Conceited singer Gary Mitchell (Lee Bowman) refuses to renew his radio contract, so agent Doug Blake (Jack Carson) tries to find a new star to replace him. In New York he discovers Martha Gibson (Doris Day), a single mom with sparkling personality and an amazing voice. With the help of his long-suffering assistant Vivian Martin (Eve Arden), Doug moves Martha to Hollywood but struggles to convince stuffy fuddy-duddy sponsor Felix Hofer (S.Z. Sakall) to take a chance on the perky newcomer. As Martha endures hardship and humiliation in a long and at times seemingly hopeless quest for stardom, Doug finds himself falling in love which makes things that more painful when she loses her heart to Gary Mitchell.
Anyone with an ounce of sense will likely question Mr. Hofer's sanity given Doris Day's bouncy audition piece is one of the most energetic, engaging and innocently sexy musical performances in cinema. But hey, you can take the old geezer out of Vienna, but you can't take Vienna out of the old geezer. Turns out Hofer prefers a Strauss waltz to a boogie-woogie beat. In many ways the plot of My Dream Is Yours mirrored the life of its star, which was likely intentional on the part of Warner Brothers although sadly Doris proved considerably less lucky with the men in her real life. Nevertheless while real audiences embraced Doris Day as warmly as their fictional counterparts (come on, you can't seriously consider that a spoiler for a Doris Day movie?), the film has a little more on its mind than simply promoting a major star.
Having done their part for the war effort by making Casablanca (1942), where romance aside the central thrust is convincing Rick (Humphrey Bogart) to stick his isolationist neck out to save European lives, Warner Brothers and director Michael Curtiz here urge hero Doug Blake to embrace family life with war widow Martha as part of the post-war push for peace and prosperity. In fact musicals played a big part in promoting togetherness, healing and a return to normalcy. My Dream Is Yours goes a step further by implying one can have their cake and eat it, intertwining stardom with domestic bliss, a happy home life with showbiz success for the good of America. Opening with a god's eye view of the California shore as a parodically pompous narrator expounds at length about the "Great American Empire", the film segues hilariously into scenes of bobby-soxers swooning over radio crooners staking showbiz as the next frontier for America's bold pioneers. As such the script draws Felix Hofer as your classic immigrant turned entrepreneur looking to make good and Doug Blake as an old fashioned prospector. Which makes Martha the gold mine.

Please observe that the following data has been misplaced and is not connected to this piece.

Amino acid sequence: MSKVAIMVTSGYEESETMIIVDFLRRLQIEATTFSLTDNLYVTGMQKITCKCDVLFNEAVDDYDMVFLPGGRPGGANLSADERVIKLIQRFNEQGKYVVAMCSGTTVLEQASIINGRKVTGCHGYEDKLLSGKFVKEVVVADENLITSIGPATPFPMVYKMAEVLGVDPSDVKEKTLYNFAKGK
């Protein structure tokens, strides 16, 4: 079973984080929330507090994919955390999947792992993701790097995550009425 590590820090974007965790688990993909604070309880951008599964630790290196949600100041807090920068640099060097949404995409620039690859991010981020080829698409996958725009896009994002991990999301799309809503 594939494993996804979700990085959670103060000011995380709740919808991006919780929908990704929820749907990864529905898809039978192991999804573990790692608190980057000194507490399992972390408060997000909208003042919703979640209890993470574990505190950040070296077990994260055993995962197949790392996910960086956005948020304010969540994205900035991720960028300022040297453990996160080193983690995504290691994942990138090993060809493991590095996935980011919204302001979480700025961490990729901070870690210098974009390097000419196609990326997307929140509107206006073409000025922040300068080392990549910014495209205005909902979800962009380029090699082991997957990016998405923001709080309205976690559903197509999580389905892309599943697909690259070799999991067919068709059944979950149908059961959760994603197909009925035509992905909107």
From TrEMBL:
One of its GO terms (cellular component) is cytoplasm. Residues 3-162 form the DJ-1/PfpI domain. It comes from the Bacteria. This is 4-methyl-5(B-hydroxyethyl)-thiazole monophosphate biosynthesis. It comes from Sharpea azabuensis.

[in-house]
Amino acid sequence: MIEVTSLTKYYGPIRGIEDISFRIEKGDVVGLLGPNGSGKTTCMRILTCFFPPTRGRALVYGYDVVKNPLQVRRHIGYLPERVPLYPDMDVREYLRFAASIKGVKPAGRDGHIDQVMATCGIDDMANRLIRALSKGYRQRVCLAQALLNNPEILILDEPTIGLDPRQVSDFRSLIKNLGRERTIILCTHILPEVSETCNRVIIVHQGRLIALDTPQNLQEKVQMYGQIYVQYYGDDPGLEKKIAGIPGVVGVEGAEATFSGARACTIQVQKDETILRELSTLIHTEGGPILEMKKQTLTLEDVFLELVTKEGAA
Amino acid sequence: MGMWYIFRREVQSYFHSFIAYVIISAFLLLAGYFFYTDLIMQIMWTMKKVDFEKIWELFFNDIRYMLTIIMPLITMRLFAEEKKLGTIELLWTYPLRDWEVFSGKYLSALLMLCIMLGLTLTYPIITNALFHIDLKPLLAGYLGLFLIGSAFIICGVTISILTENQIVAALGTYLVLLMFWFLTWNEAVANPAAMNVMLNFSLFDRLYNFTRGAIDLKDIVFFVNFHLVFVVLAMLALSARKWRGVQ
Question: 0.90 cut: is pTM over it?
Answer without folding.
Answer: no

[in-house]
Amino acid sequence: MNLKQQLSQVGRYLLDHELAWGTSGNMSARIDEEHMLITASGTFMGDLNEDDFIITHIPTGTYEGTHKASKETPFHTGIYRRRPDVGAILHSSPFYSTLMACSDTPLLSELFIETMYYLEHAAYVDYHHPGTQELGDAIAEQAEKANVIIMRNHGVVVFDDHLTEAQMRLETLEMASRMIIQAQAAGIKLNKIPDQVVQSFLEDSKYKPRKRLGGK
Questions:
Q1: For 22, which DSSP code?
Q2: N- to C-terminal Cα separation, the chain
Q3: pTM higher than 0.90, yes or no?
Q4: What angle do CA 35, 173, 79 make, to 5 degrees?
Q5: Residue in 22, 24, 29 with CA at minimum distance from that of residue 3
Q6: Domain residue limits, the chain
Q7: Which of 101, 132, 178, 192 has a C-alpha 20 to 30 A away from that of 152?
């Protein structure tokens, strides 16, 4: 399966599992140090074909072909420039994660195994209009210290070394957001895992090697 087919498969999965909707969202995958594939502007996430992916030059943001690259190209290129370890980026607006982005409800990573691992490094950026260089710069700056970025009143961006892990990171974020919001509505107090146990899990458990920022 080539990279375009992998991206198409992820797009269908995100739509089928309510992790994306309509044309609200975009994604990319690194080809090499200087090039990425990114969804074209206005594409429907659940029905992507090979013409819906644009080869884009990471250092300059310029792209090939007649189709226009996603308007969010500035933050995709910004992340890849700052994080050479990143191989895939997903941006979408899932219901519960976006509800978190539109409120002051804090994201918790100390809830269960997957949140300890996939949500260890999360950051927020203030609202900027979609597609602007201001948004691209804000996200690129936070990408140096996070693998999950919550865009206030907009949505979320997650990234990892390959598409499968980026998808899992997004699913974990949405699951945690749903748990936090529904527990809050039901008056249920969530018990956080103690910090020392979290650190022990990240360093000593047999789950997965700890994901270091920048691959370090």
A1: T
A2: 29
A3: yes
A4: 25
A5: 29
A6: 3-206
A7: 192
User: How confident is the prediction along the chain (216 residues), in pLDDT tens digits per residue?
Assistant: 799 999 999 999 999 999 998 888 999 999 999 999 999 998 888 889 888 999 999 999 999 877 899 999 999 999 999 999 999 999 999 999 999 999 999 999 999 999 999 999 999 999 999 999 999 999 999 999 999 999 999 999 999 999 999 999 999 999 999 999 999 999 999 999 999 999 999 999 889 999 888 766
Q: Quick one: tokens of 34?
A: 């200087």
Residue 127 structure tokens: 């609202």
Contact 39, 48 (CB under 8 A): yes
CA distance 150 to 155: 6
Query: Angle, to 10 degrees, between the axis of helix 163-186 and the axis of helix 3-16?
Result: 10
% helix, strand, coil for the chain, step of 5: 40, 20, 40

Full of witty one-liners and a bracingly sober attitude to show business as Martha takes some hard knocks along the long road to success, yet tempered by the irresistible can-do optimism embodied by Doris Day, My Dream Is Yours proves you can do feel good without being sentimental. No doubt drawing on real life experience, Day shares strong chemistry with the child actor playing her son bringing emotional weight to their scenes together. Naturally, the songs are wonderful. Composer Harry Warren returned to the Warner Brothers studio, where he wrote so much lasting movie music in the Thirties, to pen some more memorable songs that topped the charts bathed in Doris Day's honey-toned vocals. In her autobiography Day singled Jack Carson out for praise as one of her fondest co-stars. Carson gives an incredibly affable performance. His non-stop cajoling and rapid patter trying to convince Mr. Hofer to take a chance on Martha provide several comedic high points while his hesitant attempts to woo her away from smooth-talking Gary Mitchell prove unexpectedly moving.
Interestingly Martha's thwarted romance with Gary, an abusive alcoholic on his way down the showbiz ladder just as she rises to super-stardom, echoes A Star is Born which was of course remade in 1954 with Judy Garland and co-stars Jack Carson as a publicist. Pleasingly, Martha proves no wide-eyed ingenue but a smart, savvy girl who despite her share of heartbreak can take care of herself and eventually discerns the right path to happiness. And then there is the legendary animated dream sequence where Doris Day and Jack Carson, in rabbit outfits, perform an Easter-themed musical number to the tune of Franz Liszt's Hungarian Rhapsody No. 2 (a favourite of animator Friz Freleng) with none other than Bugs Bunny! Not to be outdone by Louis B. Mayer at MGM, Jack Warner cast a couple of his cartoon stars (Tweety Pie also makes a brief appearance uttering his signature line) much the same as Jerry Mouse danced with Gene Kelly in Anchors Aweigh (1945). It is a tad contrived and on a technical level compares poorly with Disney's seamless fusion of live action with animation but for cartoon fans is all but irresistible. As a child this sequence all but convinced me Bugs Bunny was real. Hey, he sang and danced with Doris Day, didn't he?